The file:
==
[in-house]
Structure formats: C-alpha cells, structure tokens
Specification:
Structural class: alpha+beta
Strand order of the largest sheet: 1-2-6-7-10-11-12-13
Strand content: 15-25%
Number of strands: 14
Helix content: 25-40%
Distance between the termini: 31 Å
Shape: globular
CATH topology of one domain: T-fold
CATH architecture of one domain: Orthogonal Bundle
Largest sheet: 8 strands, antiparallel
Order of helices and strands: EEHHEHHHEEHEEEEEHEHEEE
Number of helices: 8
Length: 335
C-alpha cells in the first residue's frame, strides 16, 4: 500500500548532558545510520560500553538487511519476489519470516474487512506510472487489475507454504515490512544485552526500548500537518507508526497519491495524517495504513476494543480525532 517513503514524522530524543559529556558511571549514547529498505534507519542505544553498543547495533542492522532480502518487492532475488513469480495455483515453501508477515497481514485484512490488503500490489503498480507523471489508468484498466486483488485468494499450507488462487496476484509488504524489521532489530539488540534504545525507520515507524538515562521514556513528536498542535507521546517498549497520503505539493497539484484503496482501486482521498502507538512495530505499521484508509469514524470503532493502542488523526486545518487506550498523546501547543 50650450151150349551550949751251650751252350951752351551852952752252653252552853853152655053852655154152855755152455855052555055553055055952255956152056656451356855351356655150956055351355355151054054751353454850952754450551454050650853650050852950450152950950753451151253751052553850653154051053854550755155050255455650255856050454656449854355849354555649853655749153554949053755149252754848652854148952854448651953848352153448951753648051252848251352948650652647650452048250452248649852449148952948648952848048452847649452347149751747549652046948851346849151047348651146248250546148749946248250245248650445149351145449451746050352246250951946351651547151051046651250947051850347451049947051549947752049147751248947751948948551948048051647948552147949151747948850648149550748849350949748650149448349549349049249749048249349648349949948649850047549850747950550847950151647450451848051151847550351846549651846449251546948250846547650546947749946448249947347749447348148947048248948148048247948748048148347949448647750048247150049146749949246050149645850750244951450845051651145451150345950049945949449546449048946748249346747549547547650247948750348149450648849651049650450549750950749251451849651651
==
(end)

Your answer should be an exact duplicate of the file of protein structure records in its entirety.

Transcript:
[in-house]
Structure formats: C-alpha cells, structure tokens
Specification:
Structural class: alpha+beta
Strand order of the largest sheet: 1-2-6-7-10-11-12-13
Strand content: 15-25%
Number of strands: 14
Helix content: 25-40%
Distance between the termini: 31 Å
Shape: globular
CATH topology of one domain: T-fold
CATH architecture of one domain: Orthogonal Bundle
Largest sheet: 8 strands, antiparallel
Order of helices and strands: EEHHEHHHEEHEEEEEHEHEEE
Number of helices: 8
Length: 335
C-alpha cells in the first residue's frame, strides 16, 4: 500500500548532558545510520560500553538487511519476489519470516474487512506510472487489475507454504515490512544485552526500548500537518507508526497519491495524517495504513476494543480525532 517513503514524522530524543559529556558511571549514547529498505534507519542505544553498543547495533542492522532480502518487492532475488513469480495455483515453501508477515497481514485484512490488503500490489503498480507523471489508468484498466486483488485468494499450507488462487496476484509488504524489521532489530539488540534504545525507520515507524538515562521514556513528536498542535507521546517498549497520503505539493497539484484503496482501486482521498502507538512495530505499521484508509469514524470503532493502542488523526486545518487506550498523546501547543 50650450151150349551550949751251650751252350951752351551852952752252653252552853853152655053852655154152855755152455855052555055553055055952255956152056656451356855351356655150956055351355355151054054751353454850952754450551454050650853650050852950450152950950753451151253751052553850653154051053854550755155050255455650255856050454656449854355849354555649853655749153554949053755149252754848652854148952854448651953848352153448951753648051252848251352948650652647650452048250452248649852449148952948648952848048452847649452347149751747549652046948851346849151047348651146248250546148749946248250245248650445149351145449451746050352246250951946351651547151051046651250947051850347451049947051549947752049147751248947751948948551948048051647948552147949151747948850648149550748849350949748650149448349549349049249749048249349648349949948649850047549850747950550847950151647450451848051151847550351846549651846449251546948250846547650546947749946448249947347749447348148947048248948148048247948748048148347949448647750048247150049146749949246050149645850750244951450845051651145451150345950049945949449546449048946748249346747549547547650247948750348149450648849651049650450549750950749251451849651651